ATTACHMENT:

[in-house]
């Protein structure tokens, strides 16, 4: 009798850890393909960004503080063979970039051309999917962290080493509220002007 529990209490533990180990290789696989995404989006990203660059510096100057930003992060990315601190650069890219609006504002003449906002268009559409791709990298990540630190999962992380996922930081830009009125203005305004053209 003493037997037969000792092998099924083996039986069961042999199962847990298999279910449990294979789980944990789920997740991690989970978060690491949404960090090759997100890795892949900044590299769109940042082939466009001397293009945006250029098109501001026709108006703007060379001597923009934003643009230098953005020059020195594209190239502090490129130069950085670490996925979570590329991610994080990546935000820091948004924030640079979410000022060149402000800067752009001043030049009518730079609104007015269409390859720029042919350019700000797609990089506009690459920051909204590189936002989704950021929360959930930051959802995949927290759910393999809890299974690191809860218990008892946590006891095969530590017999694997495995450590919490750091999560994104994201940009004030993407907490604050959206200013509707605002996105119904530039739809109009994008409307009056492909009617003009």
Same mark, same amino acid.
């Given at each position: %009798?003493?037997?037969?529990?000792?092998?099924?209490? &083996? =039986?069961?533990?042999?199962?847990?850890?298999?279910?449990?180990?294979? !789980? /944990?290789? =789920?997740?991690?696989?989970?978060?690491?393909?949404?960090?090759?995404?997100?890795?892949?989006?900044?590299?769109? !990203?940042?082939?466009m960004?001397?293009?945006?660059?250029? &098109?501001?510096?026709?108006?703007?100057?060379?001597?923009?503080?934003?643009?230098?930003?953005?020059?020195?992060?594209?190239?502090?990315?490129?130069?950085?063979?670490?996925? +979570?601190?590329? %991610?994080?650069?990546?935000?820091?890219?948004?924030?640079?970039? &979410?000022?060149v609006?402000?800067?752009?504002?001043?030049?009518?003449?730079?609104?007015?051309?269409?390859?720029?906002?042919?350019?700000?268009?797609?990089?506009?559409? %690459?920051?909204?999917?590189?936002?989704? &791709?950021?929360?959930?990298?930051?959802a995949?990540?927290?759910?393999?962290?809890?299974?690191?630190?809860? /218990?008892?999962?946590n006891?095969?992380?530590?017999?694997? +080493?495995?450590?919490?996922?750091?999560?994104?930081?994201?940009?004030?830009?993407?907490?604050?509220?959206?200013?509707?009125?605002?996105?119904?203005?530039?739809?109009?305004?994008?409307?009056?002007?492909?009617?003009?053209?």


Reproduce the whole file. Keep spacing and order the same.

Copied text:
[in-house]
């Protein structure tokens, strides 16, 4: 009798850890393909960004503080063979970039051309999917962290080493509220002007 529990209490533990180990290789696989995404989006990203660059510096100057930003992060990315601190650069890219609006504002003449906002268009559409791709990298990540630190999962992380996922930081830009009125203005305004053209 003493037997037969000792092998099924083996039986069961042999199962847990298999279910449990294979789980944990789920997740991690989970978060690491949404960090090759997100890795892949900044590299769109940042082939466009001397293009945006250029098109501001026709108006703007060379001597923009934003643009230098953005020059020195594209190239502090490129130069950085670490996925979570590329991610994080990546935000820091948004924030640079979410000022060149402000800067752009001043030049009518730079609104007015269409390859720029042919350019700000797609990089506009690459920051909204590189936002989704950021929360959930930051959802995949927290759910393999809890299974690191809860218990008892946590006891095969530590017999694997495995450590919490750091999560994104994201940009004030993407907490604050959206200013509707605002996105119904530039739809109009994008409307009056492909009617003009």
Same mark, same amino acid.
């Given at each position: %009798?003493?037997?037969?529990?000792?092998?099924?209490? &083996? =039986?069961?533990?042999?199962?847990?850890?298999?279910?449990?180990?294979? !789980? /944990?290789? =789920?997740?991690?696989?989970?978060?690491?393909?949404?960090?090759?995404?997100?890795?892949?989006?900044?590299?769109? !990203?940042?082939?466009m960004?001397?293009?945006?660059?250029? &098109?501001?510096?026709?108006?703007?100057?060379?001597?923009?503080?934003?643009?230098?930003?953005?020059?020195?992060?594209?190239?502090?990315?490129?130069?950085?063979?670490?996925? +979570?601190?590329? %991610?994080?650069?990546?935000?820091?890219?948004?924030?640079?970039? &979410?000022?060149v609006?402000?800067?752009?504002?001043?030049?009518?003449?730079?609104?007015?051309?269409?390859?720029?906002?042919?350019?700000?268009?797609?990089?506009?559409? %690459?920051?909204?999917?590189?936002?989704? &791709?950021?929360?959930?990298?930051?959802a995949?990540?927290?759910?393999?962290?809890?299974?690191?630190?809860? /218990?008892?999962?946590n006891?095969?992380?530590?017999?694997? +080493?495995?450590?919490?996922?750091?999560?994104?930081?994201?940009?004030?830009?993407?907490?604050?509220?959206?200013?509707?009125?605002?996105?119904?203005?530039?739809?109009?305004?994008?409307?009056?002007?492909?009617?003009?053209?």